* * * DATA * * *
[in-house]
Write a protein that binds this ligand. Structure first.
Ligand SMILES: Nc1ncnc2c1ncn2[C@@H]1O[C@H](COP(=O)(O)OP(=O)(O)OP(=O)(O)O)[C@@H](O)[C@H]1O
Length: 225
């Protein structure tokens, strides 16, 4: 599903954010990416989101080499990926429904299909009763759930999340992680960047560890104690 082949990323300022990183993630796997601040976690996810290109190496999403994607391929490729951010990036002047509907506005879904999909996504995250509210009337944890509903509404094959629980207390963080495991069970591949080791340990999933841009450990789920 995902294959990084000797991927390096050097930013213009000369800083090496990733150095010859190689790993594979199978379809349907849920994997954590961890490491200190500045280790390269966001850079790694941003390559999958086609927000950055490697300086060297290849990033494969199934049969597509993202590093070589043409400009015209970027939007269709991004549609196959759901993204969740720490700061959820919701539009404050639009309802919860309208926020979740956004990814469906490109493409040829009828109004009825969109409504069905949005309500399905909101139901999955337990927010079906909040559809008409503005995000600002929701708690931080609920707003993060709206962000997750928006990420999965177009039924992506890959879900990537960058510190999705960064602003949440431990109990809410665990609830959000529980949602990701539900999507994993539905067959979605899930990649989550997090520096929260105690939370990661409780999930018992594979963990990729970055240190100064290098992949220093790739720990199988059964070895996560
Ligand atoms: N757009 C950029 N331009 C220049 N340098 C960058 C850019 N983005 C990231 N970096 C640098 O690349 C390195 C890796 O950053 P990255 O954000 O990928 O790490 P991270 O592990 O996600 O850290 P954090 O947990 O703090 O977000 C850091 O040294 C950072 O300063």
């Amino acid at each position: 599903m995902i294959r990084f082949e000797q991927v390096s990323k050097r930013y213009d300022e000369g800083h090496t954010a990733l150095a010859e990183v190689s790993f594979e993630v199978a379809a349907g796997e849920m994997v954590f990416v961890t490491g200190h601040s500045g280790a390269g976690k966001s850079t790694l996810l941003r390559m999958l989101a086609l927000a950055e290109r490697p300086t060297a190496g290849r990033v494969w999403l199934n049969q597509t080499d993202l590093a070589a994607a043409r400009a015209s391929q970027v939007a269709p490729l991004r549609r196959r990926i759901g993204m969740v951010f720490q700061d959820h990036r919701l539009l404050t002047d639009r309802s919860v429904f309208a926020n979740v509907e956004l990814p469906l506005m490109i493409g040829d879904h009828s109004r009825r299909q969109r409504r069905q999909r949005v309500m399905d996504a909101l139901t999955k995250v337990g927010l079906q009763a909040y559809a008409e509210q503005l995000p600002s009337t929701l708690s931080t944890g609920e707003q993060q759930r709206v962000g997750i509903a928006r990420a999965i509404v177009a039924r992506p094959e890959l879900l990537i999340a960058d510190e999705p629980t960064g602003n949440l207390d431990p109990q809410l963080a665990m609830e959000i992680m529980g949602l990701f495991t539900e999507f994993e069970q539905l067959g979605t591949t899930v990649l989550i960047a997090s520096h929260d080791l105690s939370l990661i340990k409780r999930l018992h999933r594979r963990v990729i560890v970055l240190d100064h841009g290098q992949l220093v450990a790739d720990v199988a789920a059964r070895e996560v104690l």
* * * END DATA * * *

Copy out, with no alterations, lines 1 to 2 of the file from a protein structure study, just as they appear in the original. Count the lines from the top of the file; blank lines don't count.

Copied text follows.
[in-house]
Write a protein that binds this ligand. Structure first.